Raikkonen was forced to stop to and change the front wing of the car. Beyond that there were no other major incidents despite some very close racing – and high speed contests – throughout the field.

Felipe Massa did his bit for Ferrari teammate Alonso, allowing him through into second place unchallenged on lap eight into Turn 1. Thereafter he tried to fend off Webber, but  soon succumbed and settled for fourth place where he remained (apart from a brief period in the pitstop window) pretty much untroubled until the flag dropped on the 53rd lap.

“The race was very good, the start was very good, I overtook two cars straight away. The pace was OK but then the pit stop was the worst problem of race, I lost a position to Mark. That was the only negative point of race. In terms of driving, I did everything in a great way,” said Massa at the end of the afternoon.

Sebastian Vettel's biggest 'moment' was a lock up into Turn 1 at the start

Sebastian Vettel’s biggest ‘moment’ was a lock up into Turn 1 at the start

The star of the weekend was without doubt Nico Hulkenberg who qualified the under performing Sauber in third place on the grid, then proceeded to punch well above his weight to take fifth place and thus providing a much needed boost to his beleaguered team, while doing his shares no harm on an important stage.

The performance promped journalists to ask if he was out to impress Ferrari on their home turf amid uncertainty over their drivers for 2013, Hulkenberg replied,  “It’s definitely something I wouldn’t deny which I’m definitely interested in, it’s a no-brainer. I don’t know if it will happen, time will tell.”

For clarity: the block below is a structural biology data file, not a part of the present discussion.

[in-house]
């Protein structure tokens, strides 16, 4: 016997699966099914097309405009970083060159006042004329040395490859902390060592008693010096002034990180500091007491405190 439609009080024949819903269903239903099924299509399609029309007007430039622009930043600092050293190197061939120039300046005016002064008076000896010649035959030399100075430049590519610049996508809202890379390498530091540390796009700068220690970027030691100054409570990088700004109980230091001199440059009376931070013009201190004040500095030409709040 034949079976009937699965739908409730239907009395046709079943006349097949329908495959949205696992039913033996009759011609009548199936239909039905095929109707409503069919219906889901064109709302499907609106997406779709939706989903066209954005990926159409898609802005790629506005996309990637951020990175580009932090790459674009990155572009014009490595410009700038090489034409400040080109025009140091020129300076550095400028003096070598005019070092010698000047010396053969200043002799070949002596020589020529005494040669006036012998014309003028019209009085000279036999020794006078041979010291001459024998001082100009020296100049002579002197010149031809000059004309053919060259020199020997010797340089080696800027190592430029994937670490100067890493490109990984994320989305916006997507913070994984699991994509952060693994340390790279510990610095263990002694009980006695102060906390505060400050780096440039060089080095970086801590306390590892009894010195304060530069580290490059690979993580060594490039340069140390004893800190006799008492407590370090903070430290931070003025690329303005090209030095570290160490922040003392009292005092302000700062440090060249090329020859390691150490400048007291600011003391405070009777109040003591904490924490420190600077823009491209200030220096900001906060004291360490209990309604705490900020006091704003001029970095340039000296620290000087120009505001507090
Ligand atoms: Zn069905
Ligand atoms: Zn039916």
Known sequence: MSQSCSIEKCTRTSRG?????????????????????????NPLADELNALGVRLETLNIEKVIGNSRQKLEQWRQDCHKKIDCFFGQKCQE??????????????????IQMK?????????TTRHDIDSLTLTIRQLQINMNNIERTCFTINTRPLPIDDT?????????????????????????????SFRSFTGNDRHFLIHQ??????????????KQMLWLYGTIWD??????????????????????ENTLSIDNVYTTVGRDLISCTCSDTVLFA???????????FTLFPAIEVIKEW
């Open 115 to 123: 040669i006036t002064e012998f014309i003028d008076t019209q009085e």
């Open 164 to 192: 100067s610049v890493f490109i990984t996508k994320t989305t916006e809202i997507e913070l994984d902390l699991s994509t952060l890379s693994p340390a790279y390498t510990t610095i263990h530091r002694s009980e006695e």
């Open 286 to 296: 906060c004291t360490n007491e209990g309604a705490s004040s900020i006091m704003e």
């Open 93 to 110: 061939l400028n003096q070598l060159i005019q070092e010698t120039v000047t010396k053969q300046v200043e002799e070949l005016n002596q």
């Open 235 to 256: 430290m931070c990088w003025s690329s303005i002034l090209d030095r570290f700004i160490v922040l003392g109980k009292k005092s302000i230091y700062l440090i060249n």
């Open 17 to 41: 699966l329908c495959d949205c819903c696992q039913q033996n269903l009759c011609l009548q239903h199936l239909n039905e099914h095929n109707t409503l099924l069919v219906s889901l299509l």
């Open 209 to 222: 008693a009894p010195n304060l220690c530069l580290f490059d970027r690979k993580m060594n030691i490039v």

“This is a 100% weekend for [Sauber], after yesterday we had another great day. To finish fifth was probably the right result for us because we only finished behind Red Bull and Ferrari which was great. It was a tough race, keeping Nico [Rosberg] behind me, because he didn’t leave me alone but it was great to get some more points and hopefully that will give us some momentum,” predicted the German.

Sixth place went to Nico Rosberg who started sixth, but the Mercedes driver was never quite at the sharp end of proceedings during the course of the weekend as he has been at some previous races. He pursued fellow Nico to the very end, but was half a second short when they crossed the line.

Italian Grand Prix podium at Monza

Italian Grand Prix podium at Monza

Daniel Ricciardo had a hassle free race in the Toro Rosso, keeping out of trouble the Australian finished seventh after starting from the same position on the grid. His team mate Jean Eric Vergne was luckless again, his day ending early with an engine failure.

Big mover on the day was Romain Grosjean who turned 13th on the grid to eighth with Lotus enduring another below par race weekend, as they did at Spa a fortnight earlier. Raikkonen tried hard to make up for time lost in the first corner incident, but 11th was his reward on the day. The team’s third place target in the constructors’ championship and Raikkonen’s title ambitions took another huge dent.

If Hulkenberg scooped the prize for driver of the weekend, we will give Lewis Hamilton prize for drive of the day. After a woeful qualifying performance, where the Mercedes driver declared “I drove like an idiot” he more than made up for it for a gutsy show stealing display on the day.

He spent the afternoon in battles throughout the field, having started with the (harder) Medium tyre he avoided the first corner melee to emerge tenth where he held station for several laps, while at the same time he lost radio contact with his team. Then it got worse for him as a slow puncture forced him to pit early, dropping him to the back of the field and nullifying his one stop strategy.